Why H-1B Visas Aren’t So Great for Silicon Valley Workers

Stress At  Work
Berlin, Germany - August 08: Symbolic photo to the topic 'stress at work'. A man working at night in an office at a computer on August 08, 2016 in Berlin, Germany. (Photo Illustration by Thomas Trutschel/Photothek via Getty Images)
Photograph by Thomas Trutschel—Photothek via Getty Images

Bringing in computer scientists from abroad has been good for the U.S. overall, raising wages nationwide and bringing down costs for computer products. But the practice hasn’t necessarily been great for native-born workers in the country’s IT sector.

Those are the mixed-bag conclusions of a study released recently by the National Bureau of Economic Research. The study ran two comparison models that looked at data from 1994 to 2001, the period during which the use of H-1B visas skyrocketed. H-1B visas allow companies to temporarily employ foreign workers in specialized occupations, which was a practice that was of particular use to tech companies as the digital boom began to take off. Some political leaders, including President Donald Trump, have criticized the visa program in its current form, saying that it displaces American workers and drives down compensation.

In 1990, 11% of U.S. computer scientists were immigrants. By 2001, more than 21% of workers in the sector were foreign-born.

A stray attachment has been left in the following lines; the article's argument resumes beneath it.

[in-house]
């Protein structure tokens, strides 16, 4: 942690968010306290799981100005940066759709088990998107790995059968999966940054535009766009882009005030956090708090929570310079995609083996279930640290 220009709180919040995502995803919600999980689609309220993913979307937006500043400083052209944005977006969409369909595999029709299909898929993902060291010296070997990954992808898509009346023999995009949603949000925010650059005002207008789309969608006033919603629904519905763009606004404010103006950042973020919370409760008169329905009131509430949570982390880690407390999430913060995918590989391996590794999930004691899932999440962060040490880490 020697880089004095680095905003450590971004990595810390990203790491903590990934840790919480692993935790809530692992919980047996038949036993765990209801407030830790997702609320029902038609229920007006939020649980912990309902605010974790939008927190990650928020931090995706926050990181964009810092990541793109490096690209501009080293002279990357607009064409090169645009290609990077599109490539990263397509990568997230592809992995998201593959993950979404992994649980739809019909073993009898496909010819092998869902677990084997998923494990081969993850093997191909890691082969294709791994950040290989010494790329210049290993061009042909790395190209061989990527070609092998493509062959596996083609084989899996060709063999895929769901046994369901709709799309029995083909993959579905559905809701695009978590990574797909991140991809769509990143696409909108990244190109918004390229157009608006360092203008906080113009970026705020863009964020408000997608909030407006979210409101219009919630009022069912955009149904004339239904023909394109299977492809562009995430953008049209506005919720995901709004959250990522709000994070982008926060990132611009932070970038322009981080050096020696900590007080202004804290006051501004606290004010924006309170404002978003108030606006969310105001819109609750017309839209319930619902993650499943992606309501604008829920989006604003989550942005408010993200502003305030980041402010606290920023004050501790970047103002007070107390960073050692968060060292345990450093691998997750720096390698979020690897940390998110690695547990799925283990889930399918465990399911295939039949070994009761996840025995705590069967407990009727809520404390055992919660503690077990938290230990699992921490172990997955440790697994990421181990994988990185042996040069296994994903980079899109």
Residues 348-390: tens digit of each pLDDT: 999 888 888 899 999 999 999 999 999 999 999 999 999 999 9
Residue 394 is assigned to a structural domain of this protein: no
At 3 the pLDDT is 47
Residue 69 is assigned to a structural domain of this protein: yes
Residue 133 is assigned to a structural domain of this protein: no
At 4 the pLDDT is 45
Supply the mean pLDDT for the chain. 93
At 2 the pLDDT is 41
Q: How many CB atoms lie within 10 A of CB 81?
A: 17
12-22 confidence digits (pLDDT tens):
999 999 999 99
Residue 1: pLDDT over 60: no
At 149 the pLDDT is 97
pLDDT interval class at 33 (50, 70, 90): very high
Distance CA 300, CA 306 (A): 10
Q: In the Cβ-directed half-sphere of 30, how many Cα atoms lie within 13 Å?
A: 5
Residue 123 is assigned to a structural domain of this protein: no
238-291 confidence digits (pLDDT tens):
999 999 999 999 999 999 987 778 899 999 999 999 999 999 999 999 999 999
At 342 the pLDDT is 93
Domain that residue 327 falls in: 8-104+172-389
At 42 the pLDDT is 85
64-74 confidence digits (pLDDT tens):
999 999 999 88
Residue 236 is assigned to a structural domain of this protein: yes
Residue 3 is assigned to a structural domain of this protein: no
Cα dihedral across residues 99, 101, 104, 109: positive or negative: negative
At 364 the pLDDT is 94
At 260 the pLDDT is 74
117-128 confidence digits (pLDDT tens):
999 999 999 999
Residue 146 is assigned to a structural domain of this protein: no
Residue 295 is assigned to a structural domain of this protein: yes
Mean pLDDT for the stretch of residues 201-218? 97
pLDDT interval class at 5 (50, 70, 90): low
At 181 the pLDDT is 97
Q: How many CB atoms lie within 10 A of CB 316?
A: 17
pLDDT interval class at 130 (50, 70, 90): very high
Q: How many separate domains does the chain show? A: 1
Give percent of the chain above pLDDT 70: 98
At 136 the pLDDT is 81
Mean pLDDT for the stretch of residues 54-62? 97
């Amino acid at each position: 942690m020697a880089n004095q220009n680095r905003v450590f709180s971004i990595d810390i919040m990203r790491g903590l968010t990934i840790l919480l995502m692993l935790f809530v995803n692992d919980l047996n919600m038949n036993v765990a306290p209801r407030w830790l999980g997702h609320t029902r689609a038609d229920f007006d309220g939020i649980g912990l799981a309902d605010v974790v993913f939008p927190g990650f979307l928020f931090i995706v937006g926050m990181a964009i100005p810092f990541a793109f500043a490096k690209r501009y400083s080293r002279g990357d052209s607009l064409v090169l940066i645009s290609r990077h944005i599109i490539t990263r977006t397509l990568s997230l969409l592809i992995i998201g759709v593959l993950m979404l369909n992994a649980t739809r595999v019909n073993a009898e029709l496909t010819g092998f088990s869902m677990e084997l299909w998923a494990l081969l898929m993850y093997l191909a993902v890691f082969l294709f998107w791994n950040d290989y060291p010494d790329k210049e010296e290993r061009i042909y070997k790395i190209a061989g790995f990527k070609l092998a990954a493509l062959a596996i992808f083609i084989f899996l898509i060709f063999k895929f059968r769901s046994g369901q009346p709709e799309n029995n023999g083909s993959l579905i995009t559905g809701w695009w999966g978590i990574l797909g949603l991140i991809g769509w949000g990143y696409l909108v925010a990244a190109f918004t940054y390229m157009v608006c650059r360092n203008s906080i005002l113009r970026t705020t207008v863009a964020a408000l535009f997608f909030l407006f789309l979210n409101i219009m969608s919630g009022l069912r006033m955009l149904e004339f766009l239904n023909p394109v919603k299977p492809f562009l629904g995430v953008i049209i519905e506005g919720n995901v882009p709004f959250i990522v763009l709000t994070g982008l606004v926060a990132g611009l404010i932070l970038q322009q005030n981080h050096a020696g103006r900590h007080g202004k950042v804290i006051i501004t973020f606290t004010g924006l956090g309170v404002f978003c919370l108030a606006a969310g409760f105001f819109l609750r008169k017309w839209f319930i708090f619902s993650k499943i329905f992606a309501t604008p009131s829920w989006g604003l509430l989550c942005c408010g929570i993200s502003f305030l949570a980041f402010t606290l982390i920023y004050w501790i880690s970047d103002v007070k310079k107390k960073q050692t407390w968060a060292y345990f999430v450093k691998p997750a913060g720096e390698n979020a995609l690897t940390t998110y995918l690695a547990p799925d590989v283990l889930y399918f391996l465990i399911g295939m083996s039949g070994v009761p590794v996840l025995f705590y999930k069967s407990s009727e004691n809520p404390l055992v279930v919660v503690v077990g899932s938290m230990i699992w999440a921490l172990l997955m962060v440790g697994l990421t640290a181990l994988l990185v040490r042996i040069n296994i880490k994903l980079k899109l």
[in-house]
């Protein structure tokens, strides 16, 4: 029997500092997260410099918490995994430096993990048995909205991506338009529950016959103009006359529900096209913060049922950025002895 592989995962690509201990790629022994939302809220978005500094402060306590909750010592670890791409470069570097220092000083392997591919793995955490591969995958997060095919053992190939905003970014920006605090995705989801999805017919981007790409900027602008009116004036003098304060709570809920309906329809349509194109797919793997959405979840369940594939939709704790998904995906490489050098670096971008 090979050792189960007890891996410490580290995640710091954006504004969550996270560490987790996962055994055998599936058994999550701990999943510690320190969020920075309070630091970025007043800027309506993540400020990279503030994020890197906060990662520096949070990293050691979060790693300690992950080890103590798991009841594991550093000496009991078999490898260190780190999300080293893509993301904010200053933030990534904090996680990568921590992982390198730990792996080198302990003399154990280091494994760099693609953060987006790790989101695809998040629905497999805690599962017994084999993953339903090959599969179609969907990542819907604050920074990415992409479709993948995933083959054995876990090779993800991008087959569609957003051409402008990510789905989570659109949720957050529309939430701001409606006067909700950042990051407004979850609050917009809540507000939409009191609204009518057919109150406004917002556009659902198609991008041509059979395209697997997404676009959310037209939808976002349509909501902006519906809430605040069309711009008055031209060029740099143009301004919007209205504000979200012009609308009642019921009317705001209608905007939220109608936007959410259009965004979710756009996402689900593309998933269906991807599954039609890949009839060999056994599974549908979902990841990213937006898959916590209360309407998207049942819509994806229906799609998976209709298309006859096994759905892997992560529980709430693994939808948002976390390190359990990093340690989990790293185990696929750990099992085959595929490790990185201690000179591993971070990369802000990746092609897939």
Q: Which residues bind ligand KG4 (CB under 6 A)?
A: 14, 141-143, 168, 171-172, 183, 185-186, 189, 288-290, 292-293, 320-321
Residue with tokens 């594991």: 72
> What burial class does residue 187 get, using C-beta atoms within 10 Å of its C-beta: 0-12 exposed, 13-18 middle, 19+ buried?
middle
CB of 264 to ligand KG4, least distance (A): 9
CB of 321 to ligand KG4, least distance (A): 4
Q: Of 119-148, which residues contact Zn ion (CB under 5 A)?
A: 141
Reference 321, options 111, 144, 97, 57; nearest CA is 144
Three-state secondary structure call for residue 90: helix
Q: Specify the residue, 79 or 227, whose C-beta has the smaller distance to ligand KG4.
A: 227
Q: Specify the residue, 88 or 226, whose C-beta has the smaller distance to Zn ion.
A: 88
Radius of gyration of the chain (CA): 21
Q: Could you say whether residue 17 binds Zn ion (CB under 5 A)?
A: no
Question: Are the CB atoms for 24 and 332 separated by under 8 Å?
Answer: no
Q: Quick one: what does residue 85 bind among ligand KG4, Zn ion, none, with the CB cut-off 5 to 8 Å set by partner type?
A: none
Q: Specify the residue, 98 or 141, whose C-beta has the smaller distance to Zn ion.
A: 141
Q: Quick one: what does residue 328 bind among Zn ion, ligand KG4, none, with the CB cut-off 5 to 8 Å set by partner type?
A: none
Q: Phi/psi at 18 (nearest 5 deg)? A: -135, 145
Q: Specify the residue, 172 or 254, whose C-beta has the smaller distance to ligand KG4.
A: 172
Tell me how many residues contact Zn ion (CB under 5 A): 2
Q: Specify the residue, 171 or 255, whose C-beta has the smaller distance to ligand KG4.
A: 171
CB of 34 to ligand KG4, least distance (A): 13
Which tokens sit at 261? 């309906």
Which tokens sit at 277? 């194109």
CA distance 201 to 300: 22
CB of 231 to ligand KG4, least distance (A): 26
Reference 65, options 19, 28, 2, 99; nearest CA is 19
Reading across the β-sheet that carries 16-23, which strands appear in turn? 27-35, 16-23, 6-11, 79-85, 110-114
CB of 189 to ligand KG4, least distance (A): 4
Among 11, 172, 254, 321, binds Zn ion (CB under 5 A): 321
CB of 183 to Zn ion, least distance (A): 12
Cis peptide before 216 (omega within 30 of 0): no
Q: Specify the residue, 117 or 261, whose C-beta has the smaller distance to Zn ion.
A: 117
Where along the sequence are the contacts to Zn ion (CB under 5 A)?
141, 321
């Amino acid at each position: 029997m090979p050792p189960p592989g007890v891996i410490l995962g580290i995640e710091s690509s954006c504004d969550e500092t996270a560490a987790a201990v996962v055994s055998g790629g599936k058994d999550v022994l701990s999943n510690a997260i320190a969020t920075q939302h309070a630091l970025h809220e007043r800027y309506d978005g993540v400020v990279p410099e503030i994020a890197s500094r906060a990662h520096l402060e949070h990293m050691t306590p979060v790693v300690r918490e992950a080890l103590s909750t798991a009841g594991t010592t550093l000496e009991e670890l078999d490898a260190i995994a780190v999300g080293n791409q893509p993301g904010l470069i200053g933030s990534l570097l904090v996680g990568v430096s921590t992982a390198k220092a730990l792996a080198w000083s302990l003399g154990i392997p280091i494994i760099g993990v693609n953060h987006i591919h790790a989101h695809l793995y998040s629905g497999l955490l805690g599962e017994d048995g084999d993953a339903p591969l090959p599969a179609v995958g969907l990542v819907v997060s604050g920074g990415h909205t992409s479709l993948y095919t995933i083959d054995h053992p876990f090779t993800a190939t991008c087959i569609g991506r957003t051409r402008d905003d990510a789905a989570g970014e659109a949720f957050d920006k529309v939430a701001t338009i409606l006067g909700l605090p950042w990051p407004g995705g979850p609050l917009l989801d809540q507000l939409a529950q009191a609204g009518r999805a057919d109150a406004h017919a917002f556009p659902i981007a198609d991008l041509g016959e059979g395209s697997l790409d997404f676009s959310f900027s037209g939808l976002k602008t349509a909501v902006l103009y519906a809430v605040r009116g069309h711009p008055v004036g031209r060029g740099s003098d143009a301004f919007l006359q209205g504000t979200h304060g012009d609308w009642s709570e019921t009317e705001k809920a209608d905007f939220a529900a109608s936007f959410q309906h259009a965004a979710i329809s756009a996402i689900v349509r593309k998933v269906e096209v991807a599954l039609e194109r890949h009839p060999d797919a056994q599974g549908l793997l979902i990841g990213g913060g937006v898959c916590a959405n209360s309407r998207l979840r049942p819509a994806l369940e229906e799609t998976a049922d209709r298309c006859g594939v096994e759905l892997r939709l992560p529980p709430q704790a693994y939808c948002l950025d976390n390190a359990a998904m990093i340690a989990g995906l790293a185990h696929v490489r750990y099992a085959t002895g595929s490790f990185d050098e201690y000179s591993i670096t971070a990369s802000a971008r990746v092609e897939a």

The study found that immigration in the computer science sector led to an increase in wages across the broader economy of 0.04% to 0.28%. There was a more pronounced effect for non-college educated workers, whose paychecks saw a 0.43% to 0.52% bump.


The study also concluded that the inclusion of immigrant labor meant prices for computer products were 1.9% to 2.4% lower. The authors concluded that that decrease boosted the adoption of technology by the general public, by making it more affordable.

There is a caveat, though, that could give ammunition to opponents of the H-1B visa program. Without the added foreign labor, the study concluded that domestic employment in the computer science sector would have been between 6.1% and 10.8% higher in 2001. Put simply, for every 100 foreign computer scientists working in the U.S., between 33 and 61 domestic workers were displaced. The influx of foreign workers also held down wages, the authors concluded, with compensation being 2.6% to 5.1% lower than if foreign workers were not allowed.

Despite that impact, tech-sector jobs remain among the best-paid jobs in the country. Industry trade group CompTIA estimates that the average U.S tech worker earned $105,400 in 2016, more than twice the national average. The group estimates that the tech sector employed 6.7 million people in the U.S. in 2016, or about 6% of private-sector workers.

The lower wages in the sector were not necessarily a bad thing for the overall welfare of the nation, the report concluded. Lower wages allowed for higher company profits, which in turn led to an increase in the number of IT firms that entered the market, thus spurring competition and innovation.

The study also notes that high-skilled immigrants who enter the U.S. workforce sometimes indirectly open up new opportunities for U.S. workers. When one labor avenue is closed off to an extent, workers have incentive to look elsewhere for employment. Instead of working in computer science, for instance, a worker may choose to be an architect or manage a production team. The diversification would raise the productivity of workers overall, the authors concluded.

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